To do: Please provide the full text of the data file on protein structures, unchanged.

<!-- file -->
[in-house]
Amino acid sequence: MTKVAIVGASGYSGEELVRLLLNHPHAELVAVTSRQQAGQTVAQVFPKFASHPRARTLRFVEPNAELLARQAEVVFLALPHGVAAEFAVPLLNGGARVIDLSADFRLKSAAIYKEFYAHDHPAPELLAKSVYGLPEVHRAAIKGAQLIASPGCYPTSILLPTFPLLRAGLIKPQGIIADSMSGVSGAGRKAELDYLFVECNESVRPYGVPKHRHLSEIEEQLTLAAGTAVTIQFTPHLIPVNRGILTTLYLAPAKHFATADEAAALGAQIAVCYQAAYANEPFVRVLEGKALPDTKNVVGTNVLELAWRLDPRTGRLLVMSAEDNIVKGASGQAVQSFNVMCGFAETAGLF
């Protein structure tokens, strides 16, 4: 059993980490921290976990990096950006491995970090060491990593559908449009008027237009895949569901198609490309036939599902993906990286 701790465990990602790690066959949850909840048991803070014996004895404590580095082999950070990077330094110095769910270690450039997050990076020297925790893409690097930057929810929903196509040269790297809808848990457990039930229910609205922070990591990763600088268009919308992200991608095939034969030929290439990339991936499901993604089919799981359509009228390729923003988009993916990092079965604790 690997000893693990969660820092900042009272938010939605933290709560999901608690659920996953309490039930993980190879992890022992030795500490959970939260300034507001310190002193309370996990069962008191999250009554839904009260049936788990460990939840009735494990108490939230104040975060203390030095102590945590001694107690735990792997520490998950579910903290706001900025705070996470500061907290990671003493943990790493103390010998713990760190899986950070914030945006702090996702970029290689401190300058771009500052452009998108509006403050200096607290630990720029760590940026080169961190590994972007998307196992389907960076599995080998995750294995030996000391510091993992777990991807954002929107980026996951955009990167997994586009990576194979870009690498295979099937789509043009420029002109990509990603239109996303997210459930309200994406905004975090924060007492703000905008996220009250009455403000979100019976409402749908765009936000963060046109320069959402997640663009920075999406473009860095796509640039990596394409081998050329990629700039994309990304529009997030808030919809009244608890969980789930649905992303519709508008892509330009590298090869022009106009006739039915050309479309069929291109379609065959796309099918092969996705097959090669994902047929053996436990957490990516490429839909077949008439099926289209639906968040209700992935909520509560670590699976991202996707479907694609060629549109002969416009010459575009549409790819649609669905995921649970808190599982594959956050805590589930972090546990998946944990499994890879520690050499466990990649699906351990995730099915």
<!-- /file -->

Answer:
[in-house]
Amino acid sequence: MTKVAIVGASGYSGEELVRLLLNHPHAELVAVTSRQQAGQTVAQVFPKFASHPRARTLRFVEPNAELLARQAEVVFLALPHGVAAEFAVPLLNGGARVIDLSADFRLKSAAIYKEFYAHDHPAPELLAKSVYGLPEVHRAAIKGAQLIASPGCYPTSILLPTFPLLRAGLIKPQGIIADSMSGVSGAGRKAELDYLFVECNESVRPYGVPKHRHLSEIEEQLTLAAGTAVTIQFTPHLIPVNRGILTTLYLAPAKHFATADEAAALGAQIAVCYQAAYANEPFVRVLEGKALPDTKNVVGTNVLELAWRLDPRTGRLLVMSAEDNIVKGASGQAVQSFNVMCGFAETAGLF
């Protein structure tokens, strides 16, 4: 059993980490921290976990990096950006491995970090060491990593559908449009008027237009895949569901198609490309036939599902993906990286 701790465990990602790690066959949850909840048991803070014996004895404590580095082999950070990077330094110095769910270690450039997050990076020297925790893409690097930057929810929903196509040269790297809808848990457990039930229910609205922070990591990763600088268009919308992200991608095939034969030929290439990339991936499901993604089919799981359509009228390729923003988009993916990092079965604790 690997000893693990969660820092900042009272938010939605933290709560999901608690659920996953309490039930993980190879992890022992030795500490959970939260300034507001310190002193309370996990069962008191999250009554839904009260049936788990460990939840009735494990108490939230104040975060203390030095102590945590001694107690735990792997520490998950579910903290706001900025705070996470500061907290990671003493943990790493103390010998713990760190899986950070914030945006702090996702970029290689401190300058771009500052452009998108509006403050200096607290630990720029760590940026080169961190590994972007998307196992389907960076599995080998995750294995030996000391510091993992777990991807954002929107980026996951955009990167997994586009990576194979870009690498295979099937789509043009420029002109990509990603239109996303997210459930309200994406905004975090924060007492703000905008996220009250009455403000979100019976409402749908765009936000963060046109320069959402997640663009920075999406473009860095796509640039990596394409081998050329990629700039994309990304529009997030808030919809009244608890969980789930649905992303519709508008892509330009590298090869022009106009006739039915050309479309069929291109379609065959796309099918092969996705097959090669994902047929053996436990957490990516490429839909077949008439099926289209639906968040209700992935909520509560670590699976991202996707479907694609060629549109002969416009010459575009549409790819649609669905995921649970808190599982594959956050805590589930972090546990998946944990499994890879520690050499466990990649699906351990995730099915």